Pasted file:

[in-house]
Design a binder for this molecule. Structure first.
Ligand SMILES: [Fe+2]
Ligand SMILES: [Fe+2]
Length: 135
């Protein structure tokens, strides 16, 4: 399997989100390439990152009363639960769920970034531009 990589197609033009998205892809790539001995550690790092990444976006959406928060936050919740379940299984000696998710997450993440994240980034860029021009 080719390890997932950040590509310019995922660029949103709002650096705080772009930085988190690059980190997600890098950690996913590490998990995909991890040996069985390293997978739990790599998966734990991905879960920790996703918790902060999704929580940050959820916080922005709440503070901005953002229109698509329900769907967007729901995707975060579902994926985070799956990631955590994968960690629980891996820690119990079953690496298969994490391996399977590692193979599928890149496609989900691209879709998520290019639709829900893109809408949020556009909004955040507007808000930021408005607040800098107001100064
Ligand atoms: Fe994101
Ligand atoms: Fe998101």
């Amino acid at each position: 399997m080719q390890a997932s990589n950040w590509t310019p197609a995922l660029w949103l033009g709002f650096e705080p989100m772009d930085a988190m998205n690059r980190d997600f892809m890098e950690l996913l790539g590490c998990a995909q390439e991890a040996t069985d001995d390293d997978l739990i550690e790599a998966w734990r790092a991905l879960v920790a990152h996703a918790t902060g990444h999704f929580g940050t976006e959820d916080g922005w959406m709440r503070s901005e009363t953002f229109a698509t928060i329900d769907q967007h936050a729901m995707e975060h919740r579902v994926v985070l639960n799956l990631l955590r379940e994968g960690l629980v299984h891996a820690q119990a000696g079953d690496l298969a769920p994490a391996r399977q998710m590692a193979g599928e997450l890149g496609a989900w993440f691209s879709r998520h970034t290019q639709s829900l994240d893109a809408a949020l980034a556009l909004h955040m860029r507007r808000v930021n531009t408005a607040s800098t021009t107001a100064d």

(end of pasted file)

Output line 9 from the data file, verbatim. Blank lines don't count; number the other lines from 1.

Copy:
């Amino acid at each position: 399997m080719q390890a997932s990589n950040w590509t310019p197609a995922l660029w949103l033009g709002f650096e705080p989100m772009d930085a988190m998205n690059r980190d997600f892809m890098e950690l996913l790539g590490c998990a995909q390439e991890a040996t069985d001995d390293d997978l739990i550690e790599a998966w734990r790092a991905l879960v920790a990152h996703a918790t902060g990444h999704f929580g940050t976006e959820d916080g922005w959406m709440r503070s901005e009363t953002f229109a698509t928060i329900d769907q967007h936050a729901m995707e975060h919740r579902v994926v985070l639960n799956l990631l955590r379940e994968g960690l629980v299984h891996a820690q119990a000696g079953d690496l298969a769920p994490a391996r399977q998710m590692a193979g599928e997450l890149g496609a989900w993440f691209s879709r998520h970034t290019q639709s829900l994240d893109a809408a949020l980034a556009l909004h955040m860029r507007r808000v930021n531009t408005a607040s800098t021009t107001a100064d």